First responders show closer look at how agencies respond to migrant crisis situations

One week after officials found 12 migrants inside a trailer on I-35. One week later, first responders are sharing how they react during these crisis situations.

SAN ANTONIO – Bexar County Sheriff Javier Salazar said the call to respond to migrant crises is not new for San Antonio but is becoming more common.

“This situation has found its way into our everyday lives,” Salazar said. “The levels at which that we’re seeing it are unprecedented.”

Just one week ago, officials found 12 migrants crammed inside a trailer on I-35 near the Fisher Road ramps. EMS crews confirmed that all 12 individuals were OK, but Salazar said when his deputies respond to any migrant call, they’re ready to see just about anything.

“We always look at it through a different lens now,” Salazar said. “First and foremost is the preservation of human life.”

Salazar said when deputies arrive at a scene involving migrants, they first look to confirm the physical condition of each individual. Then, they investigate.

“During the course of that interview, we try to find out where did you come from, what have you been through? Are you the victim of any crimes?” Salazar said.

During the medical evaluation, Dr. Bryan Everitt, an EMS physician at University Health, said crews look for heat exhaustion and heat-related illnesses.

“Every minute counts,” Everitt said. “If these patients are not found and cooled quickly, they will die.”

Everitt was one of the first EMS physicians on the scene of the Quintana Road tragedy just about a year ago. He said he pronounced more than 40 of those individuals dead on the scene. With the extreme heat in San Antonio, he said all medical crews look to start treatment as soon as possible under these circumstances.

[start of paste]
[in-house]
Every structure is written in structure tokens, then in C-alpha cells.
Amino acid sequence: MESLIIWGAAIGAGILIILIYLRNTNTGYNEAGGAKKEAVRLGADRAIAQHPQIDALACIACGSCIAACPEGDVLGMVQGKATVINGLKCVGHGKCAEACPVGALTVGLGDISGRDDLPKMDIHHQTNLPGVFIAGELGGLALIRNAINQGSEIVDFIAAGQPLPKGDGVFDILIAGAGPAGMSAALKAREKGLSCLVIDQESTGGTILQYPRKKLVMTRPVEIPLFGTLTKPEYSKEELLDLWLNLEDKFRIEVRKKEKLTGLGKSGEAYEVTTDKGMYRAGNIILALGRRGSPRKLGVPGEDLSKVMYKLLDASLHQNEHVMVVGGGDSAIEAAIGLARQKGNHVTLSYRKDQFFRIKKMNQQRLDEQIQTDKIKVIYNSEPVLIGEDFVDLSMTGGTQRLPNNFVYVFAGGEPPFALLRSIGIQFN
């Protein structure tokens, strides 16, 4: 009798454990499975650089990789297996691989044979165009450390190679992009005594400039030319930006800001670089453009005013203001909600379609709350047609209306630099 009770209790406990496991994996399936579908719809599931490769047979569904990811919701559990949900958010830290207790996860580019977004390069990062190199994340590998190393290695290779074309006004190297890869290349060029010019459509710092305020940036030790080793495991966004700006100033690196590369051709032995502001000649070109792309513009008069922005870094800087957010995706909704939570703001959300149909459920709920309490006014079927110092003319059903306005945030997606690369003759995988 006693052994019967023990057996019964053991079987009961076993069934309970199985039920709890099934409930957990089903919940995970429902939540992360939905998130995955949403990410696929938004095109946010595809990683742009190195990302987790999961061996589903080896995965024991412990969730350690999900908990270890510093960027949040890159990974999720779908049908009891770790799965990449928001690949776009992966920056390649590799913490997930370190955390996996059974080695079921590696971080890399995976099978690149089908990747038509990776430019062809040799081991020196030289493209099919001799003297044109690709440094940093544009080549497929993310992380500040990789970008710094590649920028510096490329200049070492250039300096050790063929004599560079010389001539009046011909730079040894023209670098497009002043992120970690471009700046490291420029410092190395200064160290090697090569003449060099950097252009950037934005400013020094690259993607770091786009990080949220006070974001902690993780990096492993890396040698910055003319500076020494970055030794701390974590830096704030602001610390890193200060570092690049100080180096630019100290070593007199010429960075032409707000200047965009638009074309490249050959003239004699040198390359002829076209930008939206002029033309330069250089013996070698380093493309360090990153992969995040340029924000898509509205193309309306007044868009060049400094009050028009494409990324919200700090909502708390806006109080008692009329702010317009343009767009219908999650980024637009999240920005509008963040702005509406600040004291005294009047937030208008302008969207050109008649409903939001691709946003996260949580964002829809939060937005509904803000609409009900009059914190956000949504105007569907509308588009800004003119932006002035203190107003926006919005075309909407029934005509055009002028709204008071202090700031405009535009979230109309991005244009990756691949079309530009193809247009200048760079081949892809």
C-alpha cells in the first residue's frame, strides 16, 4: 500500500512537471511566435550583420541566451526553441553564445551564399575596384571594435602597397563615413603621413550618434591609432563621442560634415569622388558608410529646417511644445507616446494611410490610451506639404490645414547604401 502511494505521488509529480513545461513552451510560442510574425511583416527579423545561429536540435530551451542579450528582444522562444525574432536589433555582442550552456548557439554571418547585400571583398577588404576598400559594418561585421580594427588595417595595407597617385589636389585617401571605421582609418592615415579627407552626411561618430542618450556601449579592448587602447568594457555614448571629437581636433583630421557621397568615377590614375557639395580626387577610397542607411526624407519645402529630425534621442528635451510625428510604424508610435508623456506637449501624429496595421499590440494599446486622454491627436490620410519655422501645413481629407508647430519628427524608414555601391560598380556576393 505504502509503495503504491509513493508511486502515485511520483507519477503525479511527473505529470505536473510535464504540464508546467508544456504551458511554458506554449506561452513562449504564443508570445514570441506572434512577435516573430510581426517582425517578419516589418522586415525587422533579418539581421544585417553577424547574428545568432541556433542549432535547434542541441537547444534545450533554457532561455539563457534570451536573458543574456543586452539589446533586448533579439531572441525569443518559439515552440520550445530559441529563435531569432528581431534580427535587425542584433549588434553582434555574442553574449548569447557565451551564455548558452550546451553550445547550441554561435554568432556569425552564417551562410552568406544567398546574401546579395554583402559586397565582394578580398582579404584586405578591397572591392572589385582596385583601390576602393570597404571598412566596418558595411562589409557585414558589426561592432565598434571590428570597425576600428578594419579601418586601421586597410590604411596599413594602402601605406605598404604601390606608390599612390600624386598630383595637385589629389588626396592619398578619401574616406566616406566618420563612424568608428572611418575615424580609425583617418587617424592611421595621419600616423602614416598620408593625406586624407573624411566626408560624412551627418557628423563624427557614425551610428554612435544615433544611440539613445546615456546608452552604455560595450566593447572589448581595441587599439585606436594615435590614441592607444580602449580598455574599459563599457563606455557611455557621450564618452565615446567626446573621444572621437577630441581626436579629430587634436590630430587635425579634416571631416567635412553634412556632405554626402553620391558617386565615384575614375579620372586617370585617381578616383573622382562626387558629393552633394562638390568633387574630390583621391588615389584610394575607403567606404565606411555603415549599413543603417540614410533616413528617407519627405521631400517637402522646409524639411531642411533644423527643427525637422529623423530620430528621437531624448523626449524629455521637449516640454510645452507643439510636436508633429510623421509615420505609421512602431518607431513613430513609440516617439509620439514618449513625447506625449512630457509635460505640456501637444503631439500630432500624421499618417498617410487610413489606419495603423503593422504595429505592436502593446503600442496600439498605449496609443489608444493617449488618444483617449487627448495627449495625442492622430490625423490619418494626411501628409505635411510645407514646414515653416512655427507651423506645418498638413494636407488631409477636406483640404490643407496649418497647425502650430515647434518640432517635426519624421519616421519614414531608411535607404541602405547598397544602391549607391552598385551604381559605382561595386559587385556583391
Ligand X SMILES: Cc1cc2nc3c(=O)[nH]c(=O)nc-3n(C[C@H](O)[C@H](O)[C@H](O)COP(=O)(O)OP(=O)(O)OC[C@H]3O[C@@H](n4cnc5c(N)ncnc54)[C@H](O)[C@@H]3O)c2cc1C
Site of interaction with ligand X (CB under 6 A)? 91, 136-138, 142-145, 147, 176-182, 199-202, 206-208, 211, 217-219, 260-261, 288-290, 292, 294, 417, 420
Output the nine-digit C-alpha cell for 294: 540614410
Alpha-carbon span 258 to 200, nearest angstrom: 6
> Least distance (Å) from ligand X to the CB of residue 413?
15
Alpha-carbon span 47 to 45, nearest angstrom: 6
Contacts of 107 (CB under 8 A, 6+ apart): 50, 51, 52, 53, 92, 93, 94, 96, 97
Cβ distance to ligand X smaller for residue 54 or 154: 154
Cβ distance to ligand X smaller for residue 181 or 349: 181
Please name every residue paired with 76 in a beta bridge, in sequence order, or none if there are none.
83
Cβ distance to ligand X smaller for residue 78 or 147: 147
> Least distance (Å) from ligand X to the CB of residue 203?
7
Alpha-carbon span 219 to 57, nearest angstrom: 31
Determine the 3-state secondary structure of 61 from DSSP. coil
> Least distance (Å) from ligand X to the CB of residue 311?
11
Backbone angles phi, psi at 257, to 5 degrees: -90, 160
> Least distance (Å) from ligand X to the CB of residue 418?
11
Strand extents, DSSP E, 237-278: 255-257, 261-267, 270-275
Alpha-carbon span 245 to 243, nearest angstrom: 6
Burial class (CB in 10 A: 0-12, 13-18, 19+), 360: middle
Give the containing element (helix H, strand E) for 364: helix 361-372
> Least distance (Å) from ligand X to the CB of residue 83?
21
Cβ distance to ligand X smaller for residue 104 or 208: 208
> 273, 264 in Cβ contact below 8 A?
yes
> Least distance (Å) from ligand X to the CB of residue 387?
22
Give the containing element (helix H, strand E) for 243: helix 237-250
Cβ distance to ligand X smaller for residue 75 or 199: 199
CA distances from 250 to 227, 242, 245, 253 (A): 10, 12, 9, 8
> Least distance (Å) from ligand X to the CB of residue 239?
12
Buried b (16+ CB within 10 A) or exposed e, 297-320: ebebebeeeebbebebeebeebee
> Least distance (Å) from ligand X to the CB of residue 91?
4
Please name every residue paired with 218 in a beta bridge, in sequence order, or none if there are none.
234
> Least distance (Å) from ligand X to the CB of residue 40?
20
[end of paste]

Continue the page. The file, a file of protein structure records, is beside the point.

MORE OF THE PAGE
“We’re going to immediately start treating those patients,” Everitt said. “We’re going to put them in the temp bag, and we’re going to transport them to the hospital if they have signs of heatstroke.”

Temp bags are a treatment that medical crews use to cool patients down. Everitt said it’s not a solution, but it is a lifesaver.

“We are very aggressive about putting these patients in these bags, both pre-hospital and in the hospital,” Everitt said.

Salazar said those 12 migrants last week did not need this level of treatment.

After the incident, all 12 migrants were taken to the sheriff’s department for evaluation and debriefing. He said that’s when a federal agency stepped in and took over the case.


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About the Authors:

Avery Everett is a news reporter and multimedia journalist at KSAT 12 News. Avery is a Philadelphia native. If she’s not at the station, she’s either on a hiking or biking trail. A lover of charcuterie boards and chocolate chip cookies, Avery’s also looking forward to eating her way through San Antonio, one taco shop at a time!

Gavin Nesbitt is a photojournalist and video editor who joined KSAT in September 2021. He has traveled across the great state of Texas to film, conduct interviews and edit many major news stories, including the White Settlement church shooting, Hurricane Hanna, 2020 presidential campaigns, Texas border coverage and the Spurs.